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Kansas City, Missouri, lowers emphasis on 'smart city' projects

Kansas City, Missouri will eliminate the position of chief innovation officer following the departure of Alex Braszko, who currently holds the position, at the end of this month. In Braszko's place, Mayor Quinton Lucas will opt to guide future technology investments in one of the country's "smartest" cities through a 12-person public board. According to Braszko, who helped construct the board, the move will reduce the city's pursuit of smart-city projects and place more responsibility for connected infrastructure maintenance and data collection on city agencies. Ryan Johnston has the scoop.

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Want an Indiana IT job? No degree required.

A new workforce-development program that the Indiana Office of Technology is participating in will allow groups of students and mid-career professionals to get paid as a state IT employee while they train to learn the requisite skills. The State Earn And Learn, or SEAL, program, is aimed at helping the Indiana tech agency recruit new people who demonstrate a capacity to learn the skills the state needs most, even if they don't possess the academic pedigrees ordinarily required. Colin Wood reports.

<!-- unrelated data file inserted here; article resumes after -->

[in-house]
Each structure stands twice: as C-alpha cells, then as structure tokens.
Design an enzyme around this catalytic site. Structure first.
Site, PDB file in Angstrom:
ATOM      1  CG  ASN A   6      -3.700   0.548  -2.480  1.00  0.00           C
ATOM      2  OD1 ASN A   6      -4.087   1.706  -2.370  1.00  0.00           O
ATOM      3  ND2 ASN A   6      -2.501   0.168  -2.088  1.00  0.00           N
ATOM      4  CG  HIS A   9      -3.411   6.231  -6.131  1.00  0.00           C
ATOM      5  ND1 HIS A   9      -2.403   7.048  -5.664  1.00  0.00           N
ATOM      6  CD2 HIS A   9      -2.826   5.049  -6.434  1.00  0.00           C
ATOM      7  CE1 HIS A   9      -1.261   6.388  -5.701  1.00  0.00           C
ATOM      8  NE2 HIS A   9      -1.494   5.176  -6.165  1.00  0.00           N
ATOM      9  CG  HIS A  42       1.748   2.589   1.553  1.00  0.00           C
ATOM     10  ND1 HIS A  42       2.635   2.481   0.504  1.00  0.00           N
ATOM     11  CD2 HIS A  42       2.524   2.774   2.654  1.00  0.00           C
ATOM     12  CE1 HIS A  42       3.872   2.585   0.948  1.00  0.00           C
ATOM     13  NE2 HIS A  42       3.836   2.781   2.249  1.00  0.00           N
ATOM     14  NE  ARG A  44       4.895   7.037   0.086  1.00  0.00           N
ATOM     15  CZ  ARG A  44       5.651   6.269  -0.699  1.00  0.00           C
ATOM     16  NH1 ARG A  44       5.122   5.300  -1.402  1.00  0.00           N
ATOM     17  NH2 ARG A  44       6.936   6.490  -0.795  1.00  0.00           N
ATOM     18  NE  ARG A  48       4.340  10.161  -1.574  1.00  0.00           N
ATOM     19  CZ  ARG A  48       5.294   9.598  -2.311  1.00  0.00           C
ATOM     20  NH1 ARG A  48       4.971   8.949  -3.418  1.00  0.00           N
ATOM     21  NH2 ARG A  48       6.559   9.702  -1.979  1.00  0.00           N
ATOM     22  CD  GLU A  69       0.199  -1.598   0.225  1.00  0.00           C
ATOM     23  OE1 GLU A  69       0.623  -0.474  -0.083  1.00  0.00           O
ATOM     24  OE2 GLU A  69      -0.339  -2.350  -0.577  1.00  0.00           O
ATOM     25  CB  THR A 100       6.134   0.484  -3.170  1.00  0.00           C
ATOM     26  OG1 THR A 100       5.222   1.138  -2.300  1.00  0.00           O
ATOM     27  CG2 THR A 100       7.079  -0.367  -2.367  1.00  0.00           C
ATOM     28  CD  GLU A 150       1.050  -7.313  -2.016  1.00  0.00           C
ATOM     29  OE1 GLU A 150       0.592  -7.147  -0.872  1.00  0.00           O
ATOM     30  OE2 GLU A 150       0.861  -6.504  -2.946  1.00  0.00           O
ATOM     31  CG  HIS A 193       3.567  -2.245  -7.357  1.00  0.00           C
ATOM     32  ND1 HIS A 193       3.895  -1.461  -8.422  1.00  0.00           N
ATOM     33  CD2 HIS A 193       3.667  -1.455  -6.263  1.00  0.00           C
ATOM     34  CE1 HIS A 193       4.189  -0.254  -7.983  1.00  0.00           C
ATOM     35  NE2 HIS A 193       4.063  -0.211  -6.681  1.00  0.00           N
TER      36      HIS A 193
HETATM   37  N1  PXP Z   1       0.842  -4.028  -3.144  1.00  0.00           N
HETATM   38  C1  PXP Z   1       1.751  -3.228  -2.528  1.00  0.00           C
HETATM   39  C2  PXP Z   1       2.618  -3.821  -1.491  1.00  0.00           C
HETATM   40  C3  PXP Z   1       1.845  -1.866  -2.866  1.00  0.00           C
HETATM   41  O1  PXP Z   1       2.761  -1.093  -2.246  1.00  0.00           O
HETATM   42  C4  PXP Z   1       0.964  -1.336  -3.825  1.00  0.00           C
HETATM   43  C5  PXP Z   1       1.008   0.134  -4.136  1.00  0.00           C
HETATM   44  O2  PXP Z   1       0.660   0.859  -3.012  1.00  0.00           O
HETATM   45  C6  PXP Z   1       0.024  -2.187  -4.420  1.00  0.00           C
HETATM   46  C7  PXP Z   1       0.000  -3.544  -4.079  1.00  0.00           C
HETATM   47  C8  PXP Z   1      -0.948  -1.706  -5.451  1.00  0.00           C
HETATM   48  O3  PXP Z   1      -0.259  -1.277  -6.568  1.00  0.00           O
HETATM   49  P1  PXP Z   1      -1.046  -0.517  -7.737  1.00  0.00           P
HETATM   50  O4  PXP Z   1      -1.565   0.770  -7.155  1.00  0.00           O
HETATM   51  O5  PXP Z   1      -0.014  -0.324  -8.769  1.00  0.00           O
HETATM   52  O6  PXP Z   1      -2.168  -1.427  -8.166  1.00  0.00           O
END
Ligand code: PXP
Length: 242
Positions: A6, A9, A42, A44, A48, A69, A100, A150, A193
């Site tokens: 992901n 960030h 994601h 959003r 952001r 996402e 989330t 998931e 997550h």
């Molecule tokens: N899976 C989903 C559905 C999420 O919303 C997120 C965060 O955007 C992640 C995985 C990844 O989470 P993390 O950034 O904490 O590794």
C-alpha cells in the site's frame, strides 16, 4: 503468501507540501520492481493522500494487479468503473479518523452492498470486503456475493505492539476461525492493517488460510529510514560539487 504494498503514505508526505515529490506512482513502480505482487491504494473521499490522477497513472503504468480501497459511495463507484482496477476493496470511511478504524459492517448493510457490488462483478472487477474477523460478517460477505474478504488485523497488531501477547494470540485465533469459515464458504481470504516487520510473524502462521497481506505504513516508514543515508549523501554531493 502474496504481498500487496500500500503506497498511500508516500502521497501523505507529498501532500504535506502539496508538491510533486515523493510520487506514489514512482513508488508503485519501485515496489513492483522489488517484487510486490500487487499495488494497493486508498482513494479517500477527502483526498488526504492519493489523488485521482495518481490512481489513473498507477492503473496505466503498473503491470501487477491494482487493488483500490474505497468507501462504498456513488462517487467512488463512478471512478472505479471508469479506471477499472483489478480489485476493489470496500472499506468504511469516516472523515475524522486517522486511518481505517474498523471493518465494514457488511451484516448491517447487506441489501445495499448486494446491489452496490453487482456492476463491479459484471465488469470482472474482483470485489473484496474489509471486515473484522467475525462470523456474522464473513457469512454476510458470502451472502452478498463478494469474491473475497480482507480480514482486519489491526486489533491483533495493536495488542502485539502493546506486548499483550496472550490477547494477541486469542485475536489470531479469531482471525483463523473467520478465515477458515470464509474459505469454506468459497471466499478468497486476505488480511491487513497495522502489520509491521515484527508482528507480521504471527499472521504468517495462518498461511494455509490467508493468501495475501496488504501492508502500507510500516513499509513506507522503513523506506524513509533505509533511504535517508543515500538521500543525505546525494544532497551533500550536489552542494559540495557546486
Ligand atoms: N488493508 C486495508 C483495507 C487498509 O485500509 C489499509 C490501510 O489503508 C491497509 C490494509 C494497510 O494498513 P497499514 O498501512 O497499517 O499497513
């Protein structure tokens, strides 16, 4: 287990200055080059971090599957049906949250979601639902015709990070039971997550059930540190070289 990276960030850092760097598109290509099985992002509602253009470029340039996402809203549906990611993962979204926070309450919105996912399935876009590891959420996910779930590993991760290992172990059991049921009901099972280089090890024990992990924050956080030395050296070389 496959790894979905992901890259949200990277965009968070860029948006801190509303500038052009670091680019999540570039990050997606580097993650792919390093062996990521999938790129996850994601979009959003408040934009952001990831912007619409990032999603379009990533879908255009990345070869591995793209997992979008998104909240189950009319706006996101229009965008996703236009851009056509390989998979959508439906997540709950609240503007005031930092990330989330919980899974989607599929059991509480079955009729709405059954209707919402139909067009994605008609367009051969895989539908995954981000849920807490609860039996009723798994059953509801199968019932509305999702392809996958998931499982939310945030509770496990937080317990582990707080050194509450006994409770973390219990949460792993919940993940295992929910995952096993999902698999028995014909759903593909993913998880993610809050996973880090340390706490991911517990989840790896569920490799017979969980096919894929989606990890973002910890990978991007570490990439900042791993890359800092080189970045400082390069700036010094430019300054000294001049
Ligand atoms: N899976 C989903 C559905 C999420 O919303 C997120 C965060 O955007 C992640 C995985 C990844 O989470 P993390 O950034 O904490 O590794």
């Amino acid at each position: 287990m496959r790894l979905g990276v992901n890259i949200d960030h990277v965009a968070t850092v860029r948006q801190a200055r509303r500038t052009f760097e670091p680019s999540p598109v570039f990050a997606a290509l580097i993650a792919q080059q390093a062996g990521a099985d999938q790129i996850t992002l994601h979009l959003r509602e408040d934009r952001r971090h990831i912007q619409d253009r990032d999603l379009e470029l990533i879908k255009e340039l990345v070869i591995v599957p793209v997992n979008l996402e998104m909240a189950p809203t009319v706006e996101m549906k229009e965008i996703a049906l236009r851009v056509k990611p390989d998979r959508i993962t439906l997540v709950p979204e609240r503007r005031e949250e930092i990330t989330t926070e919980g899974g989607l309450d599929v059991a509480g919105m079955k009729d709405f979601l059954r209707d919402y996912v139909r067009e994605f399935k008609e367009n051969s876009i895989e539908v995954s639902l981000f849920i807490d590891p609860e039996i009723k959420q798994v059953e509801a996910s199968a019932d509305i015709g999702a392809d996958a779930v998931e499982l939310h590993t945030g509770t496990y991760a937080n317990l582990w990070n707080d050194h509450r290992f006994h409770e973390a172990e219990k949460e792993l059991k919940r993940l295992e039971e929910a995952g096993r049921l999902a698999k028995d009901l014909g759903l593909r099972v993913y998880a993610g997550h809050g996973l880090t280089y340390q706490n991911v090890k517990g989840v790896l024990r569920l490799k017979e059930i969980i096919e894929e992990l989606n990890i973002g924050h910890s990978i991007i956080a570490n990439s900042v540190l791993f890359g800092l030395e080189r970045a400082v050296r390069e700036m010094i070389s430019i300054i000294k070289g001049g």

Alabama CISO Ryan Allen resigns for hospital role

Alabama Chief Information Security Officer Ryan Allen resigned last Friday after a little more than two years with the state’s IT agency for a job as a vice president and top cybersecurity officer with the University of Alabama at Birmingham Health System. In an interview with StateScoop, Allen talked about the differences he'll face between protecting state-government systems with the technologies that power one of the country's biggest hospital networks. Benjamin Freed reports.

New Orleans latest apparent victim of Ryuk ransomware

A ransomware incident last week against the New Orleans city government likely involved the virus known as Ryuk, based on affected files examined by cybersecurity researchers. Ryuk, which has been linked to a Russian criminal group, has been one of the most pernicious forms of ransomware since it first surfaced in October 2018, and has elicited six-figure payouts from several of its victims. New Orleans officials said this week they are restoring their systems from offline backups, and are gradually reopening municipal agencies that had to close because of the latest Ryuk attack. Ben has more.

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